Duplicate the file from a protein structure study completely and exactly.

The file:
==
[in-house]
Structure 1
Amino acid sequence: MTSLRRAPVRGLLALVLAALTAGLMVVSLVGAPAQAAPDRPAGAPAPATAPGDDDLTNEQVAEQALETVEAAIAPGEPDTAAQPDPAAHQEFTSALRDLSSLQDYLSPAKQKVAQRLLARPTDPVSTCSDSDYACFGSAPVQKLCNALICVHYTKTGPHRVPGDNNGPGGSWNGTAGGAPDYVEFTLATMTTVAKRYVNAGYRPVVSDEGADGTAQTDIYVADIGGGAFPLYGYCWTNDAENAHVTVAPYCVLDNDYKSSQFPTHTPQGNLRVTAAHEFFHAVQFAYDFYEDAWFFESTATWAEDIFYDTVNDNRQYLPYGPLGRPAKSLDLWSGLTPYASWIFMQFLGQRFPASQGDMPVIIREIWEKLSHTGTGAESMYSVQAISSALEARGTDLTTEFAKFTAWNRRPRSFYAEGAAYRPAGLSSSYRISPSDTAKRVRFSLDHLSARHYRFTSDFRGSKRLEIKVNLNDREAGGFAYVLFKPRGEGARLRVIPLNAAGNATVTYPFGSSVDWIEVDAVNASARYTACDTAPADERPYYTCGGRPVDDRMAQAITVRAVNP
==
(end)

[in-house]
Structure 1
Amino acid sequence: MTSLRRAPVRGLLALVLAALTAGLMVVSLVGAPAQAAPDRPAGAPAPATAPGDDDLTNEQVAEQALETVEAAIAPGEPDTAAQPDPAAHQEFTSALRDLSSLQDYLSPAKQKVAQRLLARPTDPVSTCSDSDYACFGSAPVQKLCNALICVHYTKTGPHRVPGDNNGPGGSWNGTAGGAPDYVEFTLATMTTVAKRYVNAGYRPVVSDEGADGTAQTDIYVADIGGGAFPLYGYCWTNDAENAHVTVAPYCVLDNDYKSSQFPTHTPQGNLRVTAAHEFFHAVQFAYDFYEDAWFFESTATWAEDIFYDTVNDNRQYLPYGPLGRPAKSLDLWSGLTPYASWIFMQFLGQRFPASQGDMPVIIREIWEKLSHTGTGAESMYSVQAISSALEARGTDLTTEFAKFTAWNRRPRSFYAEGAAYRPAGLSSSYRISPSDTAKRVRFSLDHLSARHYRFTSDFRGSKRLEIKVNLNDREAGGFAYVLFKPRGEGARLRVIPLNAAGNATVTYPFGSSVDWIEVDAVNASARYTACDTAPADERPYYTCGGRPVDDRMAQAITVRAVNP